Interview With Pashondra James

This is Pashondra’s story as she shares what is it is like to live with EDS hypermobility type and vascular cross over type. She also talks about the following POTS, Dandy Walker Syndrome, Ménière’s disease, Mitral valve prolapse, Raynaud’s, and migraines. Please be respectful of Panondra and her story.

What is Ehlers Danlos? http://ehlers-danlos.com/what-is-eds/

What is Vascular EDS? http://ehlers-danlos.com/vascular/

What is POTS? http://www.potsuk.org

Dandy walker syndrome http://neurosurgery.ucla.edu/dandy-walker-syndrome

Meniere’s Disease http://www.mayoclinic.org/diseases-conditions/menieres-disease/basics/definition/con-20028251

Mitral valve prolapse http://www.mayoclinic.org/diseases-conditions/mitral-valve-prolapse/basics/definition/con-20024748

Raynaud’s http://www.mayoclinic.org/diseases-conditions/raynauds-disease/basics/definition/con-20022916

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Where are you from tell me a little bit about yourself? What is your name, age, and disease/invisible illness/mental health? My govt name is Pashondra James 43 years old and suffer from Ehlers Danlos III as my primary illness along with POTS, Raynaud’s, Mitral valve prolapse, dandy Walker syndrome, migraines and severe Ménière’s Disease.

When did life change for you? When did life change for you? There are a few dates that had a significant impact on my life June 2, 1994, and August 13, 2004. My world completely changed March 23, 2011 which was my last day of work. I was so scared to file for disability that I waited 3 months. I finally applied June 7th 2011 and was so elated that I got my approval on July 12th, 2011. I was truly blessed to be able to just focus on my health. The day I was no longer able to drive alone greatly changed my life. Life continues to change for me…the never ending story!!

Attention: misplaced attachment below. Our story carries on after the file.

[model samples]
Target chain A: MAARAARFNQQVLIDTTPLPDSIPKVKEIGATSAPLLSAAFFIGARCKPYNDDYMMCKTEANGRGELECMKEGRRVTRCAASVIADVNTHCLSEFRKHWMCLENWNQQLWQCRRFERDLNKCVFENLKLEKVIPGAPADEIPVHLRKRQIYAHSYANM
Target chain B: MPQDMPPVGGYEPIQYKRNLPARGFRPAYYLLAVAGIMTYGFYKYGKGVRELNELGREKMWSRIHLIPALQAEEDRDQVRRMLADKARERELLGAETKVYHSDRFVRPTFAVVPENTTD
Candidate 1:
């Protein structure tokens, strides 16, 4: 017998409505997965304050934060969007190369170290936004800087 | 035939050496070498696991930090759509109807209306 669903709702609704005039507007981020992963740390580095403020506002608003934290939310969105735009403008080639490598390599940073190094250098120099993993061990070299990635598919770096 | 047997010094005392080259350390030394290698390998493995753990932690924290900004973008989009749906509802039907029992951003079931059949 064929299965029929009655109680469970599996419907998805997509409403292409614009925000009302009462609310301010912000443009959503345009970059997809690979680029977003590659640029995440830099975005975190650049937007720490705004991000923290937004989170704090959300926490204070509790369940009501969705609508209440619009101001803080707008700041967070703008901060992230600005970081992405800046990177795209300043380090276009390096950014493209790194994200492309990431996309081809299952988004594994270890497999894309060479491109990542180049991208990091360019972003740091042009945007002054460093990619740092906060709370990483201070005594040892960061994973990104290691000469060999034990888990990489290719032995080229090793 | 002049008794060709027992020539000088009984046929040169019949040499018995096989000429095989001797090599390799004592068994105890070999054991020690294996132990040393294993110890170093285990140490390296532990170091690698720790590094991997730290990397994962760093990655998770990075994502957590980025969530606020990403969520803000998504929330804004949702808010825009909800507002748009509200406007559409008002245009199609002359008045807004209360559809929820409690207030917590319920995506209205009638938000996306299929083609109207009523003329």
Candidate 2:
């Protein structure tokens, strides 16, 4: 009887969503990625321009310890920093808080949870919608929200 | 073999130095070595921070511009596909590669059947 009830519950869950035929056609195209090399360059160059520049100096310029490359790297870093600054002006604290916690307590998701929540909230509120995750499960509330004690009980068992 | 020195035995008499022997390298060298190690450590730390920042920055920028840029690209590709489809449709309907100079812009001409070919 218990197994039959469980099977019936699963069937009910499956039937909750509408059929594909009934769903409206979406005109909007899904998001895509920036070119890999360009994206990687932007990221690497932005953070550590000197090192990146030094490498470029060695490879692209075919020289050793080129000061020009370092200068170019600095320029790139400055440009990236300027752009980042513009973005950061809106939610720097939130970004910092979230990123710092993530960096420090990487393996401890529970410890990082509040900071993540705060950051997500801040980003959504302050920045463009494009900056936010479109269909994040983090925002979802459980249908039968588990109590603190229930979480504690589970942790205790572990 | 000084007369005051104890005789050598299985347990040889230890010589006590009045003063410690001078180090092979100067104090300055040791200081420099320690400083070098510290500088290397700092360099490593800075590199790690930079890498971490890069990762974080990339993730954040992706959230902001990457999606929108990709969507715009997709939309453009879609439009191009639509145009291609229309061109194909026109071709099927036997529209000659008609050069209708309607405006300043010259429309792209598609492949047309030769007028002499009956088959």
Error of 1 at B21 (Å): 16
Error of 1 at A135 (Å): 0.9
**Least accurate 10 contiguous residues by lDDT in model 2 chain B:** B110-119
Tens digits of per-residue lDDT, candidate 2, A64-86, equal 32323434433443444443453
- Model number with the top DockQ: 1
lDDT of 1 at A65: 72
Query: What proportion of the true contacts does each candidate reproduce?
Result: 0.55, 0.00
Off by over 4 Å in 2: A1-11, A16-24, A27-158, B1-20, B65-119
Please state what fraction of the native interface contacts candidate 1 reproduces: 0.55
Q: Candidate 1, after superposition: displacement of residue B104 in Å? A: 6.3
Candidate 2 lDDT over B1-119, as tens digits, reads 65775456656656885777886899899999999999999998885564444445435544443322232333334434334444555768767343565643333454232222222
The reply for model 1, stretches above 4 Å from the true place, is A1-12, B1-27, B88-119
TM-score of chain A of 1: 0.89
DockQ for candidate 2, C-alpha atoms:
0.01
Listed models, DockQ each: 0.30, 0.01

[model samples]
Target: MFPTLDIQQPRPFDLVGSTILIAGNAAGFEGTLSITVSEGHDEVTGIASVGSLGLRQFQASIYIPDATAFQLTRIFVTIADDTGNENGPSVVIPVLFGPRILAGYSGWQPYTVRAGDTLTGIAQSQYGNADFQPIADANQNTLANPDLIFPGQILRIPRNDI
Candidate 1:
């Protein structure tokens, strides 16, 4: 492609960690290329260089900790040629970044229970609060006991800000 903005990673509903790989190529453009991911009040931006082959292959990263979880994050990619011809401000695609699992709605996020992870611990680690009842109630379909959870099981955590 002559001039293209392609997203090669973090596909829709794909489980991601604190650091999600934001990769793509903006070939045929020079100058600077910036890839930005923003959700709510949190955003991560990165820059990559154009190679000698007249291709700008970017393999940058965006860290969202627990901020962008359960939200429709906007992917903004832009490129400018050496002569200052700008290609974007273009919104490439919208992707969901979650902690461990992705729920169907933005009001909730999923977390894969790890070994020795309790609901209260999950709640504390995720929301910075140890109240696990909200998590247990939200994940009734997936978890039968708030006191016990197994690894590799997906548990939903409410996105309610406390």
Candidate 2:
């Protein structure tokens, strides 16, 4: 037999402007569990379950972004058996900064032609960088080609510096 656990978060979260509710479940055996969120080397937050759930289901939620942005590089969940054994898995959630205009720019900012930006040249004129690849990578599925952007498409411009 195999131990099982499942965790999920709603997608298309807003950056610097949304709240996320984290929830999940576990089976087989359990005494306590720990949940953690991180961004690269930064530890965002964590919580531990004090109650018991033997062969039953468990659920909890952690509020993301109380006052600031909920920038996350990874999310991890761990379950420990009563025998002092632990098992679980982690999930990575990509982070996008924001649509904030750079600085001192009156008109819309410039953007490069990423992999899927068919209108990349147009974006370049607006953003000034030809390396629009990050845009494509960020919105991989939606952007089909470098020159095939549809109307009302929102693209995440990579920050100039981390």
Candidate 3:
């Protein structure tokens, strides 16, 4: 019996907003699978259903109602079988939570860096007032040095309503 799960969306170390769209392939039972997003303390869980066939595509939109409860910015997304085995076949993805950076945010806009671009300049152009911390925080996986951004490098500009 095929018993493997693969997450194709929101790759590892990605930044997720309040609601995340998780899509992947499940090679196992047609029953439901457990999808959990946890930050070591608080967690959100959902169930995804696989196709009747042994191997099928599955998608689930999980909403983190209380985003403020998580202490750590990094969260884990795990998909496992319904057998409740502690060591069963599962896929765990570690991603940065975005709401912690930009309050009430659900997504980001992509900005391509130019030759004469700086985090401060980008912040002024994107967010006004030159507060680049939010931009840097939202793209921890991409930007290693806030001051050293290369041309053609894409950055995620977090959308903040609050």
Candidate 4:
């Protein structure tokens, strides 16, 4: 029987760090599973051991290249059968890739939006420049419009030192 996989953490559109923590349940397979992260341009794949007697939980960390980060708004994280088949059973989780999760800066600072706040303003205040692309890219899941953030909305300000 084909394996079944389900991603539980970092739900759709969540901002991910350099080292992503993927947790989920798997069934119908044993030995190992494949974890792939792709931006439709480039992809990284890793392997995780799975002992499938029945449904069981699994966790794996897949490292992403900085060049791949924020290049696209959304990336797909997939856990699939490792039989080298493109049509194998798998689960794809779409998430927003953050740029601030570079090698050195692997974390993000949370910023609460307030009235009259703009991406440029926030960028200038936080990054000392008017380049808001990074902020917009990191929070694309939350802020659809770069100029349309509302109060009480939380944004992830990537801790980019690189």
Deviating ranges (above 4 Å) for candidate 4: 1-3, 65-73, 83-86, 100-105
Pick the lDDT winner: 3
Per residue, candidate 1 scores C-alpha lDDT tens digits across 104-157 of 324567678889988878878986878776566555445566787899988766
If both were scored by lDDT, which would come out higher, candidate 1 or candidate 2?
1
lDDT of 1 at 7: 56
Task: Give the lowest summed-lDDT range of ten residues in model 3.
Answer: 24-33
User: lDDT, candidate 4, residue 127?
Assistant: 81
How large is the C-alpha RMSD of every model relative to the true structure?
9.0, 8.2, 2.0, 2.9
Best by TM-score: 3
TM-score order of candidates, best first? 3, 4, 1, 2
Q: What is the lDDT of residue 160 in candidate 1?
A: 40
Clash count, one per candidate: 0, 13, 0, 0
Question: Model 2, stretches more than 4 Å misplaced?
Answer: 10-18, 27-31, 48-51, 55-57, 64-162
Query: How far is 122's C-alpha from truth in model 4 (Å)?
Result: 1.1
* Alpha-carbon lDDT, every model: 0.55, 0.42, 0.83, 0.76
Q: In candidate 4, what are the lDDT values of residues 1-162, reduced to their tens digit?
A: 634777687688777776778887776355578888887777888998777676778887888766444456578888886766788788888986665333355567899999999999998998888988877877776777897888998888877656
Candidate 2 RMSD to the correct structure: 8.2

What was life like before diagnosis? What was life like before diagnosis? Life was great, full of hard work, and adventurous. Life was filled with trips out of the country and lots of road trips. I worked hard so I played hard and really enjoyed the space I was in prior to diagnosis. I was always doing volunteer work with the family court system which I thoroughly enjoyed. My symptoms were in full force by the time I got my diagnosis. My life went from being on the go constantly to moving in slow motion if at all.

How has your diagnosis changed your life? I’m no longer this carefree woman who can just pick up and go whenever I got the feeling. If I do anything that I enjoy I will spend the next week bed bound paying for my little bit of fun. I have to plan everything to the T. I have to take in account making sure I have enough medications, my joint braces, I have to know in advance how close the nearest hospital is to my destination, I need to make sure the person I’m spending time with knows what to do if something happens or if I have a flare. There is just so much to keep up with that the stress of it almost Keeps you from venturing out. I loved spending time with friends shopping and enjoying life but now I can’t walk long distances without dislocating my knees or ankles it is certainly a chore. One of my passions was to travel out of country and having to stop this has been a major change for me. I no longer drive alone and most times I have someone else driving which is a great help. I spend a lot of time at the doctors office and in the hospital a lot. I have missed many family functions and events due to this illness. It has greatly impacted my life!!